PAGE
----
US20220413715A1 - Zero-redundancy tag storage for bucketed allocators - Google Patents

Zero-redundancy tag storage for bucketed allocators Download PDF

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US20220413715A1
US20220413715A1 US17/357,951 US202117357951A US2022413715A1 US 20220413715 A1 US20220413715 A1 US 20220413715A1 US 202117357951 A US202117357951 A US 202117357951A US 2022413715 A1 US2022413715 A1 US 2022413715A1
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memory
page
instruction
slots
slot
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Michael LeMay
David M. Durham
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Intel Corp
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Definitions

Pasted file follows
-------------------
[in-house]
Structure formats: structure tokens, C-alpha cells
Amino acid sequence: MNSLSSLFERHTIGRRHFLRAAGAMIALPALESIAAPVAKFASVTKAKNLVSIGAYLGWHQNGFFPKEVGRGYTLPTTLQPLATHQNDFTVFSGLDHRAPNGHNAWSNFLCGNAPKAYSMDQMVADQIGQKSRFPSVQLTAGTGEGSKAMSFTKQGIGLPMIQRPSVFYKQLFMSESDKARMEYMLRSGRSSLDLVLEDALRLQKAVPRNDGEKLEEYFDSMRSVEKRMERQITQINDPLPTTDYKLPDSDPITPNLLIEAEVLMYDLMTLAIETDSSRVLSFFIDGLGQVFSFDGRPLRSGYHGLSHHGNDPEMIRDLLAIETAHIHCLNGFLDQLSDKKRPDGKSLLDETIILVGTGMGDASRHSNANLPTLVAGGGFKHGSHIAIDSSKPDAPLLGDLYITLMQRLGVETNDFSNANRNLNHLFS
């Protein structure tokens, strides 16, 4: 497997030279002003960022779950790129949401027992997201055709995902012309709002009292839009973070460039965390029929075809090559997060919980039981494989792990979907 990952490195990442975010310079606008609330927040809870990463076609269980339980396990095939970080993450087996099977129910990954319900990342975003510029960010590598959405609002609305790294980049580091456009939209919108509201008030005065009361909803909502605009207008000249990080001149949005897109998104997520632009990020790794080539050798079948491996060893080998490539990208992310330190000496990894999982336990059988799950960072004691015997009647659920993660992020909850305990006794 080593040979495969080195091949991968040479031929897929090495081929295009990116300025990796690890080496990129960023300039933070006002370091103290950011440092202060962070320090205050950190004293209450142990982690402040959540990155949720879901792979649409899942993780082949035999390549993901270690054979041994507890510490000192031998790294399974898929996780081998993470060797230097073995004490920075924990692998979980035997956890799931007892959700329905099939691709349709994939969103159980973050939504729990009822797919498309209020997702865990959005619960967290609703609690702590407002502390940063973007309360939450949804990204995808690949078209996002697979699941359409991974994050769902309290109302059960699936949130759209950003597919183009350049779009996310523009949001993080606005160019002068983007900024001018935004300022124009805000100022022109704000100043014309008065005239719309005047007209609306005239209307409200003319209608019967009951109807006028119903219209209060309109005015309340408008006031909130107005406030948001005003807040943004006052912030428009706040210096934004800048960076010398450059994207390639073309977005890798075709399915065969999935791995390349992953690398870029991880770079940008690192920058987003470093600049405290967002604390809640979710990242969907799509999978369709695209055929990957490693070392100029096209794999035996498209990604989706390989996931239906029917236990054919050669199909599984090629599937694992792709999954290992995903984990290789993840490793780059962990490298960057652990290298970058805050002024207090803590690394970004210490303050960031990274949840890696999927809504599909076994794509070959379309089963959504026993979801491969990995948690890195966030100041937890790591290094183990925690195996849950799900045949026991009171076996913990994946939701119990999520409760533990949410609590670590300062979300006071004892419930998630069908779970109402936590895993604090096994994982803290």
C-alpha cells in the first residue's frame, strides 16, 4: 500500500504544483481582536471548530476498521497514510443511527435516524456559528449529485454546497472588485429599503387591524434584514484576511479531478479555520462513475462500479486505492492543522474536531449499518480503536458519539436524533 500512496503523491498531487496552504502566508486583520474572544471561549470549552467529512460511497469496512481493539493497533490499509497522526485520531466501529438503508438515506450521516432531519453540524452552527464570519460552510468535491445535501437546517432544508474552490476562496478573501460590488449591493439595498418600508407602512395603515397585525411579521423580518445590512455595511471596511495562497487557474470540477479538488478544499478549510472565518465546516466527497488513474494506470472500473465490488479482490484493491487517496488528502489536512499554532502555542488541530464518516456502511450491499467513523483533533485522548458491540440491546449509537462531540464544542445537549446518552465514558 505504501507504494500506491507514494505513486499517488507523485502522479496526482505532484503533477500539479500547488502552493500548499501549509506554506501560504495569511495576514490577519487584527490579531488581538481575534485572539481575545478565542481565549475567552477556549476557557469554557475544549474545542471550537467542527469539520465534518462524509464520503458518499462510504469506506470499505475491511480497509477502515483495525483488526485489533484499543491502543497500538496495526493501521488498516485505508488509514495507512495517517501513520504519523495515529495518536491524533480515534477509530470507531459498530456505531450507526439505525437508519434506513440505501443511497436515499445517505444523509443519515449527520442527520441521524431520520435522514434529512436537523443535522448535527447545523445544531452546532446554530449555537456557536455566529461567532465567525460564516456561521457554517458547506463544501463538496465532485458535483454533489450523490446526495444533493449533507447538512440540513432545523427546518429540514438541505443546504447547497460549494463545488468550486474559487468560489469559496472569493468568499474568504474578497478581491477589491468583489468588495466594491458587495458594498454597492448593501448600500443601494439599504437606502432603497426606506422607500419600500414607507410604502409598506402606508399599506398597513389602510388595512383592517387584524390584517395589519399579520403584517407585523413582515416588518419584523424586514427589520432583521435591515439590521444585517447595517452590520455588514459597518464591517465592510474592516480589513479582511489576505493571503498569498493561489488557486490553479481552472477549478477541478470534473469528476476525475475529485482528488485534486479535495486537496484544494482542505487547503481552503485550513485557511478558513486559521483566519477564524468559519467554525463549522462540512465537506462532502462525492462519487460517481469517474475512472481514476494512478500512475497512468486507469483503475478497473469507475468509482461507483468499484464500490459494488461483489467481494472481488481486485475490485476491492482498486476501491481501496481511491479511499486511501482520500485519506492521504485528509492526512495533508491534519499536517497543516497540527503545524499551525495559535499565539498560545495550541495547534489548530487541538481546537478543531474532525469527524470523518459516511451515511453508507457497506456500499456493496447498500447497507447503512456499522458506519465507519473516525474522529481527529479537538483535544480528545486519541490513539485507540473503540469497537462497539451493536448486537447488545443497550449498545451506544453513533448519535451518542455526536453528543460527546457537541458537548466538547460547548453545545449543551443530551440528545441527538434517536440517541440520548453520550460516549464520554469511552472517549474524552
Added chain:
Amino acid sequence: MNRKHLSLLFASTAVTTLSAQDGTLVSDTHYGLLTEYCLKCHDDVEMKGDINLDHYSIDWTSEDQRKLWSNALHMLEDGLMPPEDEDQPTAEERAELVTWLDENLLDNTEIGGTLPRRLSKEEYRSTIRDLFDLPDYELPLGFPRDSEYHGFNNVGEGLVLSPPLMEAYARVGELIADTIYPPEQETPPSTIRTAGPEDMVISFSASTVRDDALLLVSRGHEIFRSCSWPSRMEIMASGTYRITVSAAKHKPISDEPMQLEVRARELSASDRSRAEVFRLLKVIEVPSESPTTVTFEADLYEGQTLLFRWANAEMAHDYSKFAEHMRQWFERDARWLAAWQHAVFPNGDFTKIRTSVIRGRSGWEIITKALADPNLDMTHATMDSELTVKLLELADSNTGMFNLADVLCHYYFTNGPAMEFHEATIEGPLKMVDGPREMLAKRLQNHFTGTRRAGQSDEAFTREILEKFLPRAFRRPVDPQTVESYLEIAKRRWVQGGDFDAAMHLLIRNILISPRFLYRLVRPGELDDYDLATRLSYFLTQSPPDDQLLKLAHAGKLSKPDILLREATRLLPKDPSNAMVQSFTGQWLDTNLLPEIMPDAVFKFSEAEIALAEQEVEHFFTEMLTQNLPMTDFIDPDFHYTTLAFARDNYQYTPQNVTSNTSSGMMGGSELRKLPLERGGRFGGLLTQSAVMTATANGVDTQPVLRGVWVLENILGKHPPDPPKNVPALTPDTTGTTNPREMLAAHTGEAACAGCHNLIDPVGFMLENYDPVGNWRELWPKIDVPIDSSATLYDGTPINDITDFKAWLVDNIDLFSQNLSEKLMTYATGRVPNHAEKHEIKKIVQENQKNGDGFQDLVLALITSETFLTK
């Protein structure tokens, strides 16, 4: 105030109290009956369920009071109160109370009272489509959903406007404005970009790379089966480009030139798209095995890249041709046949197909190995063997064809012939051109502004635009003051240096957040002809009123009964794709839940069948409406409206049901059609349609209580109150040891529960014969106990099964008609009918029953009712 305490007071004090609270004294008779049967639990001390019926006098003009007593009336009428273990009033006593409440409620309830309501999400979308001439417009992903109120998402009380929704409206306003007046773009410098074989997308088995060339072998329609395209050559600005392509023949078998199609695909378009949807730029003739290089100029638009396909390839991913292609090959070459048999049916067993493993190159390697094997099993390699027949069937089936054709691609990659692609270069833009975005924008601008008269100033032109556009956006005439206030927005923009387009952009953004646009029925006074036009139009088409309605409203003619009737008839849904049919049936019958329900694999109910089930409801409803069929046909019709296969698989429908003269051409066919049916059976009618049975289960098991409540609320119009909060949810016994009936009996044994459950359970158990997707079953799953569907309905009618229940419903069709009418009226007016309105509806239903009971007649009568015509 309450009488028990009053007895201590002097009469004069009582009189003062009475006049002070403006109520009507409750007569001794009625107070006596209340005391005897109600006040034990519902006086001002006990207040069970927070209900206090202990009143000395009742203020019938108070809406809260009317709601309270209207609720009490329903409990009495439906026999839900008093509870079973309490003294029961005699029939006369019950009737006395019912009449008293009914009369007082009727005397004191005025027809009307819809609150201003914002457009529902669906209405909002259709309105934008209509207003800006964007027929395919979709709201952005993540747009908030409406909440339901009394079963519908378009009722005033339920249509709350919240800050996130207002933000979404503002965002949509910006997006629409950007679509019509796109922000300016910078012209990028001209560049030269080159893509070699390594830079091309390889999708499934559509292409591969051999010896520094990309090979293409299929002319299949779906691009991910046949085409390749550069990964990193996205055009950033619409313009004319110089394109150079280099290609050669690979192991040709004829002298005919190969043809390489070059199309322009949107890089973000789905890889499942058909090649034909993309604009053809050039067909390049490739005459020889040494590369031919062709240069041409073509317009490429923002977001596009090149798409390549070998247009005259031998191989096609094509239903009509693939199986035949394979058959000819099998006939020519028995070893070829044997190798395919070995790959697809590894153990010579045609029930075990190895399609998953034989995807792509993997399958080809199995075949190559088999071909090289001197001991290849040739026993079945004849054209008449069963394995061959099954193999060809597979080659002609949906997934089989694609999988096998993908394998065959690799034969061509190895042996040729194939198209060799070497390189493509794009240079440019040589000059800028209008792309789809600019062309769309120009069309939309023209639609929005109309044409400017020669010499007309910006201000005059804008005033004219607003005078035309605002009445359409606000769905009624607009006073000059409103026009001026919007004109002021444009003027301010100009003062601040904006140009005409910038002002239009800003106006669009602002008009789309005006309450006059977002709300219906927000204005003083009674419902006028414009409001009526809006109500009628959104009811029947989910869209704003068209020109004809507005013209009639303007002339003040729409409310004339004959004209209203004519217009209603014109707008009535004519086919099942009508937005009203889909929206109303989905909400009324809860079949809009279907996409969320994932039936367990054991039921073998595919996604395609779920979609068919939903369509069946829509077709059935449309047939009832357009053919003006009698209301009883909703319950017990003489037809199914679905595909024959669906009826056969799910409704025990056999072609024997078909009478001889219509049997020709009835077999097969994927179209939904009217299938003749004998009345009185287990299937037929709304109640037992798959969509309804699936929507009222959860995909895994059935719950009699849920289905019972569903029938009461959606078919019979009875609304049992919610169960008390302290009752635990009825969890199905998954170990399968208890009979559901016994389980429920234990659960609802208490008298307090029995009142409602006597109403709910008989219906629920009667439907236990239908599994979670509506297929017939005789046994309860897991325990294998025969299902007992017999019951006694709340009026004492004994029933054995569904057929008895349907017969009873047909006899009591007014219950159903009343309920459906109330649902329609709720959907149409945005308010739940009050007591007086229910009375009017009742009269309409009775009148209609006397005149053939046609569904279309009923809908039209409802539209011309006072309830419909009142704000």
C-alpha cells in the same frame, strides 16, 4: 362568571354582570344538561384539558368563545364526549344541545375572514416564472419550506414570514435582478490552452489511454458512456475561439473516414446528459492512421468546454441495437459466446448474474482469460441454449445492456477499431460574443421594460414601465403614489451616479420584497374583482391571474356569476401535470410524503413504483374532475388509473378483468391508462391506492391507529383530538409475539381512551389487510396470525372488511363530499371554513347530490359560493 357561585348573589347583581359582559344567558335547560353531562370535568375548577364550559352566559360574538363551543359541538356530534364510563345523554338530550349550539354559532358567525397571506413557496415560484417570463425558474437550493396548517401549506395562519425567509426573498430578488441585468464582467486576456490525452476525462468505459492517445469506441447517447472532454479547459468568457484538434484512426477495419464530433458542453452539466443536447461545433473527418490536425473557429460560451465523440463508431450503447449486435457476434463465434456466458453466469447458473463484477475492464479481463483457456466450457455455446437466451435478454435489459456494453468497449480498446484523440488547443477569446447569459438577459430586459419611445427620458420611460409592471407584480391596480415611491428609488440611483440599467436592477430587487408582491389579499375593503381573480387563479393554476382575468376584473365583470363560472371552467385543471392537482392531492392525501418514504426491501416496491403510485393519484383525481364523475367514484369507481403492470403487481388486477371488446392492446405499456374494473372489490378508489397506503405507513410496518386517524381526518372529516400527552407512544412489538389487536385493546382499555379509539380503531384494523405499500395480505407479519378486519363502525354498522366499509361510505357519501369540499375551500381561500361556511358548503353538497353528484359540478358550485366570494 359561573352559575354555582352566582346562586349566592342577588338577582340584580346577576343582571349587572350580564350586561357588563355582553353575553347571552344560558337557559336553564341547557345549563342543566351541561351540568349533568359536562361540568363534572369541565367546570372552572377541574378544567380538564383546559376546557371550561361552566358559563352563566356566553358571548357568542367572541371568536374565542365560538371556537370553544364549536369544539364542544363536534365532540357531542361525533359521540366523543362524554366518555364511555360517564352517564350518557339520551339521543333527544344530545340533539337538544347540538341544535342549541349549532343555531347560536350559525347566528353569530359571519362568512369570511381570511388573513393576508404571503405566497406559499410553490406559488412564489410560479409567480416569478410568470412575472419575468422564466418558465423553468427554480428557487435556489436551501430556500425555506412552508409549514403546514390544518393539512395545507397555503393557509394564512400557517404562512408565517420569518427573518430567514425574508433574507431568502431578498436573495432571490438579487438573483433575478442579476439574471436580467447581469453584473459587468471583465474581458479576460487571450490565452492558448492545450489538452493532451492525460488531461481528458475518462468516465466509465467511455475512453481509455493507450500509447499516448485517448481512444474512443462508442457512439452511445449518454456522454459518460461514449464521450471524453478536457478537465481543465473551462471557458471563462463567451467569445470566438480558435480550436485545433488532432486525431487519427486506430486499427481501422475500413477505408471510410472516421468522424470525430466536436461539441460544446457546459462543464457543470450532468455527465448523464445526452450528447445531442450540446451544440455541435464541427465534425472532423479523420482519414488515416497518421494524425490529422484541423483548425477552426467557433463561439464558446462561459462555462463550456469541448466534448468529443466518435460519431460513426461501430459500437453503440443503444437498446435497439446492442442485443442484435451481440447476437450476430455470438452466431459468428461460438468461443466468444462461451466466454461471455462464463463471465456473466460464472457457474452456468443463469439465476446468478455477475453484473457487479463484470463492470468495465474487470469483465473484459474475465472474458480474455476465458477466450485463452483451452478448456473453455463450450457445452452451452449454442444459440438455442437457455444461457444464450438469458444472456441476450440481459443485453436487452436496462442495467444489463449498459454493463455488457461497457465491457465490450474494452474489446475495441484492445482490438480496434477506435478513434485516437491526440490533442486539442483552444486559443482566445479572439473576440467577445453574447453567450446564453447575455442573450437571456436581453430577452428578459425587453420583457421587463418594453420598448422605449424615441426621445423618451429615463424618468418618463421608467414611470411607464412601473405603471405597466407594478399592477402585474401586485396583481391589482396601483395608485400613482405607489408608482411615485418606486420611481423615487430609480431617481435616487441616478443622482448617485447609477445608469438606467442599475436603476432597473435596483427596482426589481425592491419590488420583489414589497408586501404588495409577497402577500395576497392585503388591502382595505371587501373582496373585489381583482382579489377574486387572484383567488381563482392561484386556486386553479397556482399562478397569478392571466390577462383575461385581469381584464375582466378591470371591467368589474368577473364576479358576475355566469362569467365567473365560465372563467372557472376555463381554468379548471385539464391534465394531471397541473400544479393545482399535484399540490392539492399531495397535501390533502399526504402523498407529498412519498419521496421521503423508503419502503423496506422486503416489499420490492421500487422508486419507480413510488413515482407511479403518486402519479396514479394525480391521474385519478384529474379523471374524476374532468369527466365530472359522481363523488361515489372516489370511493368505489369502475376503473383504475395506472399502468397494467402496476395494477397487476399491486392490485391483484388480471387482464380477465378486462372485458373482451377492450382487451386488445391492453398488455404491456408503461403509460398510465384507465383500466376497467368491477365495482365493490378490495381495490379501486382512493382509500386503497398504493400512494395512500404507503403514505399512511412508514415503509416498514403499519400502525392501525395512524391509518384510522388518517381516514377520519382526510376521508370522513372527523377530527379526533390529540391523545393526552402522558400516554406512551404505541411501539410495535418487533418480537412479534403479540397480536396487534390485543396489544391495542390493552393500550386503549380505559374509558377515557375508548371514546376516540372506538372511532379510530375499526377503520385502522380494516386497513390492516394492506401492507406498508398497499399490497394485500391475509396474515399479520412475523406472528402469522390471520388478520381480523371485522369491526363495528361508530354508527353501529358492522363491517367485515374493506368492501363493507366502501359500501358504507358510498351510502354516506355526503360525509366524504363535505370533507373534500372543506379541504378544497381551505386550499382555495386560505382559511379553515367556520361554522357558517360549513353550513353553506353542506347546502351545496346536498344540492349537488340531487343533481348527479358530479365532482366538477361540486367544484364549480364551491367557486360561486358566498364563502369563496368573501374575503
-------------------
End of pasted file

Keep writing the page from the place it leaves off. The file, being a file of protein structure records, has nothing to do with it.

• the present disclosure generally relates to the field of electronics. More particularly, some embodiments relate to techniques for zero-redundancy tag storage for bucketed allocators.
  • Memory safety generally refers to protection from various software security vulnerabilities.
  • a major portion of software security vulnerabilities can be due to memory safety violations.
  • There are multiple types of violations including, for example, temporal safety violations (e.g., Use-After-Free (UAF)), spatial safety violations (e.g., Out-Of-Bounds (OOB) accesses), type confusion, and buffer overflows.
  • temporal safety violations e.g., Use-After-Free (UAF)
  • spatial safety violations e.g., Out-Of-Bounds (OOB) accesses
  • type confusion e.g., a major portion of software security vulnerabilities.
  • buffer overflows e.g., buffer overflows.
  • FIG. 1 illustrates a block diagram of a bucketed memory layout, according to an embodiment.
  • FIG. 2 illustrates a block diagram of a multi-page complex memory layout that may be utilized in one or more embodiments.
  • FIG. 3 A illustrates a flow diagram of a method to perform one or more operations in response to an instruction, according to an embodiment.